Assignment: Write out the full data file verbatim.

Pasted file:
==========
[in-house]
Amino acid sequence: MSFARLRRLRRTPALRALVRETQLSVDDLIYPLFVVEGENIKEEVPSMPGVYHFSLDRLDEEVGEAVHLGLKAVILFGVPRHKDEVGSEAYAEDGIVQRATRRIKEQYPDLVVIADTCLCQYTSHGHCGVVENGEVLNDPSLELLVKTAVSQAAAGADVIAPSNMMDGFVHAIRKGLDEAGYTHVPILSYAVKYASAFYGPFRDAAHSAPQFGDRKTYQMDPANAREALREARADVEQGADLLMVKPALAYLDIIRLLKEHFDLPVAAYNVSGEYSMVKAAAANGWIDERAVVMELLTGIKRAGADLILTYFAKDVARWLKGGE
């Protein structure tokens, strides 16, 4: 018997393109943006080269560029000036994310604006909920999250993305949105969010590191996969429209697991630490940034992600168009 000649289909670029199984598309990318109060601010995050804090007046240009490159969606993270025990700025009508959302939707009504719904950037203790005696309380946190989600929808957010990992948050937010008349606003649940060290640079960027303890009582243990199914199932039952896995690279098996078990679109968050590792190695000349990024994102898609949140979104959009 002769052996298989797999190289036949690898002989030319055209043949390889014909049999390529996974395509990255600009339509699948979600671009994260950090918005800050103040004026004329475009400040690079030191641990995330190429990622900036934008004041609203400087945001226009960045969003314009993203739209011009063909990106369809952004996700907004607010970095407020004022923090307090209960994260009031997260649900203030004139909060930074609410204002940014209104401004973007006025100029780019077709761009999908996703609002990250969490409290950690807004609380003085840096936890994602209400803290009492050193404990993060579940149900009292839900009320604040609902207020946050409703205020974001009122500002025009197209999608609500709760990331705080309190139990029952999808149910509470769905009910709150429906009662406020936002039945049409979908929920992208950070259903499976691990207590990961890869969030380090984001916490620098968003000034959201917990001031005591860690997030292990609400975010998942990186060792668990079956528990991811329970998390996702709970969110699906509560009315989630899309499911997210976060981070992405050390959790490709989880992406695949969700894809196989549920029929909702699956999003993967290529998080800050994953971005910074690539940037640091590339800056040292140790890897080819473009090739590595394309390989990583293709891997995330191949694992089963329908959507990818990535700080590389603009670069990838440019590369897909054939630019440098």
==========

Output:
[in-house]
Amino acid sequence: MSFARLRRLRRTPALRALVRETQLSVDDLIYPLFVVEGENIKEEVPSMPGVYHFSLDRLDEEVGEAVHLGLKAVILFGVPRHKDEVGSEAYAEDGIVQRATRRIKEQYPDLVVIADTCLCQYTSHGHCGVVENGEVLNDPSLELLVKTAVSQAAAGADVIAPSNMMDGFVHAIRKGLDEAGYTHVPILSYAVKYASAFYGPFRDAAHSAPQFGDRKTYQMDPANAREALREARADVEQGADLLMVKPALAYLDIIRLLKEHFDLPVAAYNVSGEYSMVKAAAANGWIDERAVVMELLTGIKRAGADLILTYFAKDVARWLKGGE
């Protein structure tokens, strides 16, 4: 018997393109943006080269560029000036994310604006909920999250993305949105969010590191996969429209697991630490940034992600168009 000649289909670029199984598309990318109060601010995050804090007046240009490159969606993270025990700025009508959302939707009504719904950037203790005696309380946190989600929808957010990992948050937010008349606003649940060290640079960027303890009582243990199914199932039952896995690279098996078990679109968050590792190695000349990024994102898609949140979104959009 002769052996298989797999190289036949690898002989030319055209043949390889014909049999390529996974395509990255600009339509699948979600671009994260950090918005800050103040004026004329475009400040690079030191641990995330190429990622900036934008004041609203400087945001226009960045969003314009993203739209011009063909990106369809952004996700907004607010970095407020004022923090307090209960994260009031997260649900203030004139909060930074609410204002940014209104401004973007006025100029780019077709761009999908996703609002990250969490409290950690807004609380003085840096936890994602209400803290009492050193404990993060579940149900009292839900009320604040609902207020946050409703205020974001009122500002025009197209999608609500709760990331705080309190139990029952999808149910509470769905009910709150429906009662406020936002039945049409979908929920992208950070259903499976691990207590990961890869969030380090984001916490620098968003000034959201917990001031005591860690997030292990609400975010998942990186060792668990079956528990991811329970998390996702709970969110699906509560009315989630899309499911997210976060981070992405050390959790490709989880992406695949969700894809196989549920029929909702699956999003993967290529998080800050994953971005910074690539940037640091590339800056040292140790890897080819473009090739590595394309390989990583293709891997995330191949694992089963329908959507990818990535700080590389603009670069990838440019590369897909054939630019440098």